Herring WL, Mladsi D, Mauskopf J. Patient-level simulation modeling for economic evaluations: opportunities and challenges in a practical setting. Poster presented at the 2013 ISPOR 18th Annual International Meeting; May 1, 2013. New Orleans, LA. [abstract] Value Health. 2013 May; 16(3):A28-9.

OBJECTIVES: In the spectrum of methodologies used to conduct economic evaluations, patient-level simulation modeling is noteworthy for its flexibility in reproducing patient experiences that closely mirror reality. This flexibility is especially important when modeling diseases with continuous or multidimensional health states or with non-Markovian dependence on disease history, but often comes at the expense of advanced data and software requirements and reduced computational efficiency. Methods for exploiting the opportunities while mitigating the challenges associated with using simulation modeling are needed.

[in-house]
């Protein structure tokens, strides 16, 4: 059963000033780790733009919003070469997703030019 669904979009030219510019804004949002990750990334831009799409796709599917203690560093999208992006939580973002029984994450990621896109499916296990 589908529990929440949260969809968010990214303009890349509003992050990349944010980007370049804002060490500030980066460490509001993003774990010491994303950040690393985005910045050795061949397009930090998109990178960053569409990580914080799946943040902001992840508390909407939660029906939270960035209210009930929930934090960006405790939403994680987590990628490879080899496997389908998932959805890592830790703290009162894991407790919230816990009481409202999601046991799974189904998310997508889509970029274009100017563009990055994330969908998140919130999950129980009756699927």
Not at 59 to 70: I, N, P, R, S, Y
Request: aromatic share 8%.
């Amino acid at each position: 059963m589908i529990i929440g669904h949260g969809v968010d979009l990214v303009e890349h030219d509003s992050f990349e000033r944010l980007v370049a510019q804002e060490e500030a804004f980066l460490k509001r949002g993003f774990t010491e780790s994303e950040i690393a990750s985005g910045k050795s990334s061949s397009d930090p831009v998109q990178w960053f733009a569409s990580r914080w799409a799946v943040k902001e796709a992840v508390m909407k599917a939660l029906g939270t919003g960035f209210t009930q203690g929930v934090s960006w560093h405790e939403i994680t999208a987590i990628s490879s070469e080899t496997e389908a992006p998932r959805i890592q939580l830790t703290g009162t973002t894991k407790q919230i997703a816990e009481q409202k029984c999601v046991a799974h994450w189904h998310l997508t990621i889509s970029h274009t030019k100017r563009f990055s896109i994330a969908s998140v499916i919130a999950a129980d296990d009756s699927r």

METHODS: Based on our experience developing patient level simulation models in Microsoft Excel for a complex, progressive disease, we identified steps that can be taken during the development and presentation of a simulation model to capitalize on the advantages inherent in the flexibility and transparency of this approach while mitigating some of the the associated difficulties.

RESULTS: Three methods were identified for mitigating the challenges of simulation modeling. First, the implementation of the model can be simplified by minimizing the dependence on random number draws wherever possible. For example, a single, cumulative probability of treatment discontinuation can replace a series of separate, time-dependent discontinuation probabilities. Second, the transparency and efficiency of the computations can be improved by anticipating all the random draws required to determine a patient’s experiences and organizing the calculations so that a sufficient batch of random numbers can be generated at the beginning of the patient’s sojourn through the model. Lastly, and perhaps most importantly, the face validity of the model can be ensured through the visual representation of sample patient experiences that highlight the ability of the model to more accurately represent reality.

CONCLUSIONS: Our modeling experiences have demonstrated that meaningful steps can be taken to capitalize on the flexibility of patient-level simulation modeling while maintaining critical aspects of transparency and efficiency.

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